Shopify Snippets Quick Tips for Your eCommerce Store!

If you’re a Shopify theme developer, you might already be well acquainted with Shopify snippets. Snippets are liquid files containing reusable code that we can include anywhere in our theme. When it comes to code organization, snippets are a theme developer’s best friend – but the benefits don’t stop there!

5 Reasons to Love Shopify Snippets

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  • Keeps our code DRY
  • Makes it easier to work in teams
  • Increases efficiency and reduces development time
  • Improves readability of template files
  • Makes it easy to conditionally load code only where its needed

Snippets also give us the ability to pass along variables, which prove to be remarkably advantageous when building our themes. Here are a few quick tips that illustrate the effectiveness of using variables with snippets.

Tip #1: Style Snippets Dynamically with Variables

For this example, imagine that the position and style of our search bar is different on mobile and desktop. Let’s say that on desktop it’s inside the header and on mobile it’s inside the mobile nav. We can handle this by writing the search snippet code once and including it with a variable for styling.

Include the snippet in the header with the “layout” variable defined as desktop:

{% include 'search', layout: 'desktop' %}

Include the snippet in the mobile nav with the “layout” variable defined as mobile:

{% include 'search', layout: 'mobile' %}

Create one snippet (search.liquid) and reference the layout variable in our classes:

Style it dynamically with CSS:

.search {
// common styles go here

.search--mobile {
// mobile styles go here

.search--desktop {
// desktop styles go here

Tip #2: Use a Variable to Determine Which Content is Shown

For this example, imagine we have a snippet that includes a linklist. This snippet is included in both the header and the footer snippets, but with one small difference. In the footer we’d like to show the linklist title, but in the header we want to hide it.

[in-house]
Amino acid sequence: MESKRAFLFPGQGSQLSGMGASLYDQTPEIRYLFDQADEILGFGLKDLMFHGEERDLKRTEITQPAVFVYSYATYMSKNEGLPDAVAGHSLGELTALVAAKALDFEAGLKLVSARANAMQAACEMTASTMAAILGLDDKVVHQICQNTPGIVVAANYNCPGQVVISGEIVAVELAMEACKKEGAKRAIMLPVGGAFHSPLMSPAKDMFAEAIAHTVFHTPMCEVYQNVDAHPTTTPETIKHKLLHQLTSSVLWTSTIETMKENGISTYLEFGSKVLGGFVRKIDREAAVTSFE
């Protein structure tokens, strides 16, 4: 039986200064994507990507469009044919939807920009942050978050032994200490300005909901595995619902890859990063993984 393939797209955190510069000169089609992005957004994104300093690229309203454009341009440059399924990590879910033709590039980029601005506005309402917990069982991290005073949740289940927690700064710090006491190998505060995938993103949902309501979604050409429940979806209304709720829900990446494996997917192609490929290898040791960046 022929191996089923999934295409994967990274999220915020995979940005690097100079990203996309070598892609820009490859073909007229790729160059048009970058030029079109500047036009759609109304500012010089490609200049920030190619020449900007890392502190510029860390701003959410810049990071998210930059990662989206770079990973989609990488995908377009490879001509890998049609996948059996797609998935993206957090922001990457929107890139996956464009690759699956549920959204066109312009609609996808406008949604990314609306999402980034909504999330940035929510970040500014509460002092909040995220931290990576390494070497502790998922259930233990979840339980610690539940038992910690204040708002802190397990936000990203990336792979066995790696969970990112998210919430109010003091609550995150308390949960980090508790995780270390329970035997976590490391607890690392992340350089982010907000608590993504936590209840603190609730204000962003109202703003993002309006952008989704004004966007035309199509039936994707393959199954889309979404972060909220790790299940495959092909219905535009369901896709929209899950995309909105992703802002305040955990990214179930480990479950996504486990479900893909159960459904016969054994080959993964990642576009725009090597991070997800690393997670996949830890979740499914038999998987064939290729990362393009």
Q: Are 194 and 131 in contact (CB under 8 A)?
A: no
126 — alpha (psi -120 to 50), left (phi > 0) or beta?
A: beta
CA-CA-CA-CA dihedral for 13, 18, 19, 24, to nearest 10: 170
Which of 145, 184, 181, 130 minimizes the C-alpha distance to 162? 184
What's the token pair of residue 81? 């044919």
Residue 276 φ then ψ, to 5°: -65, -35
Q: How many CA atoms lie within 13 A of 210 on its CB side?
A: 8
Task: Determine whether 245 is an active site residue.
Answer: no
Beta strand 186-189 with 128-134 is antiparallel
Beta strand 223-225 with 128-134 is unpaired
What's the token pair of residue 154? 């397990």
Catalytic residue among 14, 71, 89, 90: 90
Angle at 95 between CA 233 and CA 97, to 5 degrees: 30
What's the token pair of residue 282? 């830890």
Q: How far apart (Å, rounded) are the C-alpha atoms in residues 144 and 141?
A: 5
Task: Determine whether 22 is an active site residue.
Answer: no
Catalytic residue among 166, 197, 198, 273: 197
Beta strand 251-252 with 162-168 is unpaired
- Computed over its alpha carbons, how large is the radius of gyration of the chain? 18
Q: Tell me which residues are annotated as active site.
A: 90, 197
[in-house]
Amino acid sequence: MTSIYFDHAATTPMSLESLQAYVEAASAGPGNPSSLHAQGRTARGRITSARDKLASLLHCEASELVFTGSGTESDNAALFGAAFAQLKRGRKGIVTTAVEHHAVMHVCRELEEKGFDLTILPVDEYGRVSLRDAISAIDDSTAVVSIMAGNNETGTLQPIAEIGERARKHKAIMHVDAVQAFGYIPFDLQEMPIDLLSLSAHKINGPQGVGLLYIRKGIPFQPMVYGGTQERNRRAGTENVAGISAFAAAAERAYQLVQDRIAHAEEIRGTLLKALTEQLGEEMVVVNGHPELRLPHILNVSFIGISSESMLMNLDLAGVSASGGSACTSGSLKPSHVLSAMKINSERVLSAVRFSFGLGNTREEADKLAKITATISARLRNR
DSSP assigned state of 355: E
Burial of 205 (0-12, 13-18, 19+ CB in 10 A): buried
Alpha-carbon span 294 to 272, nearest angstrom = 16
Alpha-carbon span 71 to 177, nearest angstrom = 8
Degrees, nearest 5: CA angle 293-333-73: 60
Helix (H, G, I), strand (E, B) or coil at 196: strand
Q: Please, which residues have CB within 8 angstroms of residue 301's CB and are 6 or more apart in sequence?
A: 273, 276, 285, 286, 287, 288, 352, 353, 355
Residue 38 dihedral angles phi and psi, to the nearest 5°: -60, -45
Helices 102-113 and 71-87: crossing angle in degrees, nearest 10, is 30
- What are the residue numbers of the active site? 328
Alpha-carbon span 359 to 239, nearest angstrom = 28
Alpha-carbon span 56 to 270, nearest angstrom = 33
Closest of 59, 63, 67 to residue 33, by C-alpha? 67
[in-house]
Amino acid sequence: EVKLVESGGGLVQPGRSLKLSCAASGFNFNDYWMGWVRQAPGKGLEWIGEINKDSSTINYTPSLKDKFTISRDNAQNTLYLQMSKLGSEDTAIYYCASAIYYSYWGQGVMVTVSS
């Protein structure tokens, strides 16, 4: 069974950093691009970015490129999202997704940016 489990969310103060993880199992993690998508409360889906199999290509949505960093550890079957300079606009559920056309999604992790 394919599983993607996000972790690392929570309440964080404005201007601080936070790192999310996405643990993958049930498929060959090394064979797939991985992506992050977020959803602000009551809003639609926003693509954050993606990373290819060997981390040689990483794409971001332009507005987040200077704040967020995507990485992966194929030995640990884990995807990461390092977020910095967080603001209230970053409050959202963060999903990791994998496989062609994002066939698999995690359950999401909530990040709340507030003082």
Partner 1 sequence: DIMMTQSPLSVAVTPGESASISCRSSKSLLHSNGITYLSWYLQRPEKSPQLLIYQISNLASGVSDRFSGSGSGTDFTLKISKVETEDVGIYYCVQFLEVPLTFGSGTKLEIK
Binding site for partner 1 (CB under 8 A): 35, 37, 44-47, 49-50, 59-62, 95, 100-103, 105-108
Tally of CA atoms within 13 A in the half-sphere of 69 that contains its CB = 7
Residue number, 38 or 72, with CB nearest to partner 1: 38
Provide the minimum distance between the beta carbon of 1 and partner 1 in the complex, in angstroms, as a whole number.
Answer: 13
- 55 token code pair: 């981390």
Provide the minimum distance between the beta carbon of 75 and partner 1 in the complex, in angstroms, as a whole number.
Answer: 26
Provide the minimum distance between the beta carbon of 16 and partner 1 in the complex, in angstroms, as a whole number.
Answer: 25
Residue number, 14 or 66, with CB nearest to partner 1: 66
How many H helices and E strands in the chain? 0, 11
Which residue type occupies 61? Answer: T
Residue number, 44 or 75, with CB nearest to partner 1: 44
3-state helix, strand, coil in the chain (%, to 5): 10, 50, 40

Include the snippet in the header with the “view” variable defined as header:

{% include 'collection-list', view: 'header' %}

Include the snippet in the footer with the “view” variable defined as footer:

{% include 'collection-list', view: 'footer' %}

Check the “view” variable and only show the list title if its footer:

{% if view == 'footer' %}
{{ linklists.collection-nav.title }}
{% endif %}

Tip #3: Use Variables as Data Attributes

Let’s say we have multiple slider galleries on our site and we’re using a jQuery plugin to handle the functionality. When the slider is initialized, it takes a number of options to determine how it looks and functions. With snippet variables, we can use one snippet for every slider by including it with variables that get turned into data attributes, which we then use in our slider initialization.

Include the snippet with a variable for each data attribute. In this example, we are using the product images and passing along variables for slider dots, arrows, and infinite – which may or may not be shown depending on the gallery:

{% include 'gallery',
gallery: 'main',
images: product.images,
dots: false,
arrows: true,
infinite: true %}

Create one gallery snippet (gallery.liquid), grabbing the variables and turning them into data attributes:

Use these data attributes in our JavaScript when we initialize the sliders. In this example, we’re using Slick Slider to handle the slider functionality:

var $gallery = $('.js-slick-gallery');

if ($gallery.length) {
$gallery.each(function() {
var $this = $(this),
slider_dots = $"dots"),
slider_arrows = $"arrows");
slider_infinite = $"infinite");

arrows: slider_arrows,
dots: slider_dots,
infinite: slider_infinite

As you can see, we can get super creative with how we use snippets in our themes. These are just a few ideas to get the creative juices flowing. Give them a try and see how you can build on them in your own themes!